What are the tax consequences of a forgiven loan made to a family member?

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Jeffrey Johnson is a legal writer with a focus on personal injury. He has worked on personal injury and sovereign immunity litigation in addition to experience in family, estate, and criminal law. He earned a J.D. from the University of Baltimore and has worked in legal offices and non-profits in Maryland, Texas, and North Carolina. He has also earned an MFA in screenwriting from Chapman Univer...

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UPDATED: Jul 16, 2021

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Generally, the recipient of a loan from a family member is not exposed to additional taxes if the loan is under a certain amount OR the loan is structured in a way that meets certain standards. A family member who voluntarily forgives a loan over $15,000 is considered to be gifting the value of the loan to the recipient. There are no tax consequences to the borrower of the money if the lender (family member) forgives the loan. However, if the lender was charging interest and the borrower defaulted on the loan then the borrower will experience tax consequences. A loan that is written off unwillingly, because it cannot be collected, is considered to be a non-business bad debt. This means that the lender has written off the loan to the borrower, which is referred to as cancellation of debt. In a situation where a taxpayer’s debt is cancelled the unpaid interest that would have been collected by the lender is considered income to the borrower by the IRS. While the cancellation of debt triggers an inclusion in income for the borrower, the lender can deduct the amount of the loan made and it will be classified as  a non-business bad debt.

Tax Consequences for a Monetary Gift

The IRS is well aware that family members often attempt to avoid or reduce their tax liability by structuring loans, whether genuine or fake, to other family members. That is why charging interest is necessary to prove to the IRS that the loan is genuine. The most common scenario involves parents loaning money to their children for the purchase of a home. That type of arrangement means that the parents are the mortgage holders and the IRS will need to see that regular payments are being made by the child in order for parents to avoid tax consequences. If the loan is more than $15,000.00, a gift tax return would have to be filed by the giver, and if the gift exceeded the lifetime exclusion of $11.2 million (on gifts made in 2018 and before 2025), then gift tax would have to be paid by the giver. Loan recipients are not typically responsible for taxes due as a result of receiving a gift. (For gifts made and estates of decedents dying in 2016, the unified credit is $5.45 million.)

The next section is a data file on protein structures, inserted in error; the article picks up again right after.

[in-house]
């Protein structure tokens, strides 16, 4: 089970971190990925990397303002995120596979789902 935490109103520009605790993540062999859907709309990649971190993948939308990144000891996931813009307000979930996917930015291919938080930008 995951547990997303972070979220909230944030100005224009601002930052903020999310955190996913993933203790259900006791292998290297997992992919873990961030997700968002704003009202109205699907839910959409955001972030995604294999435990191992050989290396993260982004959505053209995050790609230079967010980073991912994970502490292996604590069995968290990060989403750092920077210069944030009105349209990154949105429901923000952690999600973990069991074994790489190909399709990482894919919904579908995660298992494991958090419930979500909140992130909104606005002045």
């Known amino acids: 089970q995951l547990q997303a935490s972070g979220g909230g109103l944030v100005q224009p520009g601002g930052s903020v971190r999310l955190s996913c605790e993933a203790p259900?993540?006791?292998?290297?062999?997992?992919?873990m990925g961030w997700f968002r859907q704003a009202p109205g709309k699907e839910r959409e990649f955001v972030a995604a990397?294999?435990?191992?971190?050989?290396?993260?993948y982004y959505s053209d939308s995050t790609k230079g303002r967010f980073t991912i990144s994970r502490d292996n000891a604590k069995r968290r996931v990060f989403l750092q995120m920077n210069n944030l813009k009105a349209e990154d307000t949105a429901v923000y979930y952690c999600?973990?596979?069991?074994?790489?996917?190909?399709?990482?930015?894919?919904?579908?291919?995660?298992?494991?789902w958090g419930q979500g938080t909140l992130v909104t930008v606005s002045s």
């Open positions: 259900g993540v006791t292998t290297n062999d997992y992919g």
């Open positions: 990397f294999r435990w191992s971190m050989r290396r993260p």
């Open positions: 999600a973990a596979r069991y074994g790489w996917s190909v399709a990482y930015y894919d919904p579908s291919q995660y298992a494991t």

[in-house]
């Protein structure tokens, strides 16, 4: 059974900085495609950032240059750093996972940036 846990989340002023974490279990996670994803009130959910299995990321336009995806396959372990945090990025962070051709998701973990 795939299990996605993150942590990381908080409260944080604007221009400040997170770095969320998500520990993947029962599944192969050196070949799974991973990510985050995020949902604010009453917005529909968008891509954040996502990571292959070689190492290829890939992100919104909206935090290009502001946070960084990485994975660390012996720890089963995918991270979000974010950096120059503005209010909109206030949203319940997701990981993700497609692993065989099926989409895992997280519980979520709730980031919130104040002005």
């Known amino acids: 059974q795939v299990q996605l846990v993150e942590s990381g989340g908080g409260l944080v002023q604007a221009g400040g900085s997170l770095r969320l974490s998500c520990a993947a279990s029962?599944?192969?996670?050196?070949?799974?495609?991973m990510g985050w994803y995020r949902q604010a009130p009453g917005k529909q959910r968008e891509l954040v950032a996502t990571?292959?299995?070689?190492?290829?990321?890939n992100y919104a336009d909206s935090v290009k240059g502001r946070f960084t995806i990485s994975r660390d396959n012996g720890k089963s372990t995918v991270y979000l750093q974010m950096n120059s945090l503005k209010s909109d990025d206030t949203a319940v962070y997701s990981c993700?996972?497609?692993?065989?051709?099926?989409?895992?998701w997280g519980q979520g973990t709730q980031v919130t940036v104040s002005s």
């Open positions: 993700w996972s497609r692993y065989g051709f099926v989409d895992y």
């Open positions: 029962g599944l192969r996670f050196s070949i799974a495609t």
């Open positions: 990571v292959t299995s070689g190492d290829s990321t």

Giving a Monetary Gift Without Tax Consequences

However, there are ways to structure gifts to ensure that there are no tax consequences to either the gifter or the receiver.

Example 1:   John and Mary wish to give their son and daughter in law $150,000.00 to purchase their first home.  Instead of simply giving them the money, it can be structured as a loan, with proper interest being paid and claimed on John and Mary’s personal tax return, but they may gift to both their son and daughter in law $15,000.00 of mortgage principal forgiveness, per year, until the loan is fully satisfied.

Example 2:  Joe wins the lottery and wants to share his new found wealth with his extended family, but cannot do so without suffering serious gift tax consequences.  Therefore instead, Joe sets up a special account where he gifts each member of his family $15,000.00 per year at Christmas time, for as many years as it takes until the full amount he wishes to gift has been given.  If Joe is married to Sally, and the winnings were a marital asset, then both Joe and Sally can each gift $15,000.00 to each family member on an annual basis.

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